In Raqqa, a Battle of Attrition as Civilians Flee in Shock

BEIRUT (The Washington Post) —
An Internally displaced man who fled Raqqa city cools off from the heat with water on a hot summer day, at a camp in Ain Issa, north of Raqqa, Syria, Monday. (Reuters/Zohra Bensemra)

As U.S.-backed forces in Syria inch their way through Raqqa, once the Islamic State’s de facto capital and staunchest stronghold, their battle has become one of grinding attrition, and the toughest they have faced to date.

At times they are fighting house-to-house, battling suicide attacks in narrow streets as they wait to see if the terrorists will send more bombs among fleeing civilians.

“The battle for Raqqa is completely different to anything we have fought before. ISIS is defending its capital now,” said Mustafa Bali, a spokesman for the Kurdish-dominated militia — known as the Syrian Democratic Forces, or SDF — that Washington has backed to retake swaths of Syria controlled by the Islamic State.

Previous offensives have ended when the terrorists retreated, apparently deciding to conserve manpower ahead of more consequential battles. This time, Bali said, there would be no escape.

“Raqqa is completely surrounded,” he said. “They are fighting to the death.”

Col. Ryan Dillon, a spokesman for the U.S.-led coalition in Iraq and Syria, said last week that, after two months of heavy fighting in the north-central Syrian city and with U.S.-backed militiamen attacking from three directions, the Syrian Democratic Forces hold 45 percent of Raqqa, a figure that has remained unchanged for more than a week.

While the Pentagon insists that its proxy force is making daily progress backed by U.S. airstrikes, the Islamic State is ensuring that the U.S.-backed units disproportionately pay for each foot of ground. Unlike Iraqi forces that cleared Mosul with tens of thousands of troops and reserves as backup, the SDF has significantly smaller numbers and fewer pieces of heavy equipment, such as armored vehicles and tanks.

Islamic State defenses consist of suicide vehicles, snipers, booby traps and armed drones. Loyalist sleeper cells also lurk in districts retaken by the SDF.

Estimates of the number of civilians trapped inside Raqqa range between 10,000 and 25,000. As the fight progresses and civilians flee, district-by-district, the city is emptying out. According to an assessment by the Reach Initiative, a nonprofit survey group, 14 of its 24 neighborhoods have been abandoned. For those who remain, access to food is critically low as prices skyrocket and daily airstrikes make trips to the market a terrifying prospect.

Residents say their kitchen shelves fill up only when neighbors flee. Tim Ramadan, a media activist operating under a pseudonym, said the family next door had handed him their house key as a parting gift and told him to eat.

Inside, he found moldy bread, olives, thyme and dried noodles. “I hadn’t eaten for days,” he said.

Thousands of civilians are believed to have fled Raqqa in recent weeks, often with smugglers under cover of darkness. It is a perilous escape.

Doctors Without Borders said last week that its medics treated more than 400 wounded civilians, many of whom were injured by sniper fire or land mines on their way out.

After treating young children across internationally supported clinics and displacement camps, pediatricians said they are witnessing signs of shock more severe than anything in their medical careers.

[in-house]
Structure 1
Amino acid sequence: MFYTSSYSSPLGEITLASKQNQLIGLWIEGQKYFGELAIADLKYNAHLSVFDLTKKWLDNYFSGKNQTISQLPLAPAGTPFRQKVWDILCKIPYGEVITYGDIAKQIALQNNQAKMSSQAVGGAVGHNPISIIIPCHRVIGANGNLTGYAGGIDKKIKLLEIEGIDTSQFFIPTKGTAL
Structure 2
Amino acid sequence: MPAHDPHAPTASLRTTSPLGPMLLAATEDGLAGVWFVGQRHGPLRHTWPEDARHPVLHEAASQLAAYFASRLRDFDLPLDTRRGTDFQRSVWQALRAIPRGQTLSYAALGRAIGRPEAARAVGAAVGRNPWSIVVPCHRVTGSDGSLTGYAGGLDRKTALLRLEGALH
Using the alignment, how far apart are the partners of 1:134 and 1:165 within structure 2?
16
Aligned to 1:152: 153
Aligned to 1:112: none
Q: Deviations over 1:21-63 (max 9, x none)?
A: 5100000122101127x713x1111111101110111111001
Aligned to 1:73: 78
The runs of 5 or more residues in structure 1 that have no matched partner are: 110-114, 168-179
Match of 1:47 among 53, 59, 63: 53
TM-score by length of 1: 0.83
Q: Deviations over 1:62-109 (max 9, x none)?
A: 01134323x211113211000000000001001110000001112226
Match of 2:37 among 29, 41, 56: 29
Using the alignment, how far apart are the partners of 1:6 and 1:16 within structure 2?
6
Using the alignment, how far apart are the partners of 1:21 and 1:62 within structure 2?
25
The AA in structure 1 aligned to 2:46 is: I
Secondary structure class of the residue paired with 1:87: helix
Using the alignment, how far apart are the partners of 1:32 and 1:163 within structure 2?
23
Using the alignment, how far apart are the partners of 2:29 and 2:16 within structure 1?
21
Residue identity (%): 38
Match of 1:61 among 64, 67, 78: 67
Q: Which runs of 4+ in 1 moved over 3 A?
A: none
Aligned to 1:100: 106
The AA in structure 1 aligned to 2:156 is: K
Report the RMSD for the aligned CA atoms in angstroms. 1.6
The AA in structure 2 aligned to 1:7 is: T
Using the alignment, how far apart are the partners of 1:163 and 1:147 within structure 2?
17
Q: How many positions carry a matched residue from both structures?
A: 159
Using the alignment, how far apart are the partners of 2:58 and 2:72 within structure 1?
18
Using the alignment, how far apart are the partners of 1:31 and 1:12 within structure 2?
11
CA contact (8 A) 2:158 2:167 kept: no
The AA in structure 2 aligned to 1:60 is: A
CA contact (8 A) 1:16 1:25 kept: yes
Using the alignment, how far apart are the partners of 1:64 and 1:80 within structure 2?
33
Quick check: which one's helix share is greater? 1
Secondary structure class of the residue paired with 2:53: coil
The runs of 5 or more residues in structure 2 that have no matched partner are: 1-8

“I’ve never seen 2-year-olds who didn’t fight the doctor examining them. But these children did nothing; they just lay there as if it was surrender,” said Rajia Sharhan, a doctor with the United Nations children’s agency, UNICEF.

Aid groups have warned that three years under Islamic State control could have far-reaching consequences for children who do escape.

“What you see in their eyes is shock. They’ve survived the bombing and shelling. They’ve been bound to their mothers’ chest on the escape and heard the screams over and over. They have already lost their childhood,” Sharhan said.

State Department officials estimate that it will take months, if not years, to clear Raqqa of unexploded munitions and booby traps after the Islamic State is routed. After years of control, much like in the Iraqi city of Mosul, the terrorist group has likely perfected the ability to conceal and plant mines and other devices that will maim and kill people long after the battle is over.

They have been hidden inside doorways, generators and even corpses.

Dillon, the coalition spokesman, said that 80 percent of the attacks on SDF forces have come from improvised explosive devices, some of which are rigged to collapse entire homes after fighters enter.

The offensive has intensified pressure on the Islamic State as it defends what remains of its self-declared caliphate. In Iraq, the group lost control of Mosul last month after a nine-month battle that destroyed swaths of the city it left behind.

In its Syrian territory, there are now signs that the jihadists are facing growing manpower problems.

Photographs shared on social media last week showed an Islamic State communiqué announcing mandatory conscription for men between the ages of 20 and 30 in and around the eastern city of Deir al-Zour.

That raises the prospect that many of the area’s remaining tens of thousands of civilians could be coerced into becoming military targets for the SDF and the U.S.-led coalition.

In a Whatsapp message sent late Saturday, one 25-year-old, speaking on condition of anonymity, said he was scared of what would follow. “We have less than a week to escape from here,” he said. “Otherwise we will be taken by force.”

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